In broad terms Intellectual Property concerns the “property of the mind”. In today’s world of freely available information from multiple sources it is imperative that information or ideas, which have been created by your mind, are protected from exploitation and unauthorised use.

•  Is the name and reputation of your business well known within your community? Do you have customers that are loyal to your brand?

• Are your products sold with a unique design that makes them particularly attractive, causing them to stand out from other rivals’ products?

• Does your business have special trade secrets or other information that gives you an edge over your rivals?

• Are you about to sell or use a new invention that could potentially bring you or your business large commercial profits?

If you answered yes to any of the above questions, you should definitely take the time to consider protecting yourself and your business with Intellectual Property Laws. Doing this can give you rights that you can use against your rivals to protect your economic investment in certain creative efforts.

For example, to handle the above situation, you could use Intellectual Property Laws to:

1. Sue your rivals for “passing-off” when they try to mimic your brand logo on their products, but you must be able to prove that consumers commonly identify that logo as belonging to your business, service or goods. This would be much easier to prove if your logo was a registered trademark. Some famous registered trademarks include McDonald’s, the Nike “tick” symbol and even Cadbury’s shade of purple.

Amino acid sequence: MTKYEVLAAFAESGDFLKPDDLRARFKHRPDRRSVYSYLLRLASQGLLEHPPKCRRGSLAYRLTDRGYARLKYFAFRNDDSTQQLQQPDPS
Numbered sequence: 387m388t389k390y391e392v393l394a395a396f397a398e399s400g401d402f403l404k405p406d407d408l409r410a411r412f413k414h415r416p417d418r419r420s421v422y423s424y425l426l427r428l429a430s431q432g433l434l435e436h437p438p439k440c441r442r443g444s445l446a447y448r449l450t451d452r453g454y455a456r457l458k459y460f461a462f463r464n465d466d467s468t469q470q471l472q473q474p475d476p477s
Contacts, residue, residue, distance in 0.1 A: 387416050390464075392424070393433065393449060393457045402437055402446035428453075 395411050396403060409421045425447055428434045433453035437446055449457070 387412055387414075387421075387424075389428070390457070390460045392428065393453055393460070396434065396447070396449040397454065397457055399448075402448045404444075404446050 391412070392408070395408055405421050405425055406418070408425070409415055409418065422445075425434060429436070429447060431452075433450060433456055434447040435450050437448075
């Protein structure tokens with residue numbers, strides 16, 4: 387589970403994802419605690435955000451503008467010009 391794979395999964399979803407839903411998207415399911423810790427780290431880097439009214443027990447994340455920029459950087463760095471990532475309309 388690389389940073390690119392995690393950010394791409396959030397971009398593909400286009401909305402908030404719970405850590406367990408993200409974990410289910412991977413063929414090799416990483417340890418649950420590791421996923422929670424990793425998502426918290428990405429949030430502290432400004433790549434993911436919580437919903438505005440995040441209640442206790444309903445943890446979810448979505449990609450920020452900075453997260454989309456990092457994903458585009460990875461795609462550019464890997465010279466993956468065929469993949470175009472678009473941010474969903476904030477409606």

2. Take your rivals to court for breach of confidential information or copyright infringement depending on the type of information they take away from you. Trade secrets are commonly protected by confidentiality agreements and they can protect a recipe for a product or a manufacturing process. The most famous examples are the Coca-Cola soft drink formula or KFC’s 11 Secret Herbs and Spices.

3. Monopolise and commercially exploit your prized inventions or technologies if they were patented. This monopoly lasts a period of either 8 or 20 years depending on how “inventive” your inventions are. You can also sue your rivals for patent infringement.

At Quinn Lawyers, our team of lawyers can help you determine which type of Intellectual Property protection is the most suitable for you and can also advise you on any related issues you have concerning your business. If you would like more information on how Intellectual Property can help protect your business, please do not hesitate to submit an online enquiry or call 1300 QUINNS (784 667) to book an appointment.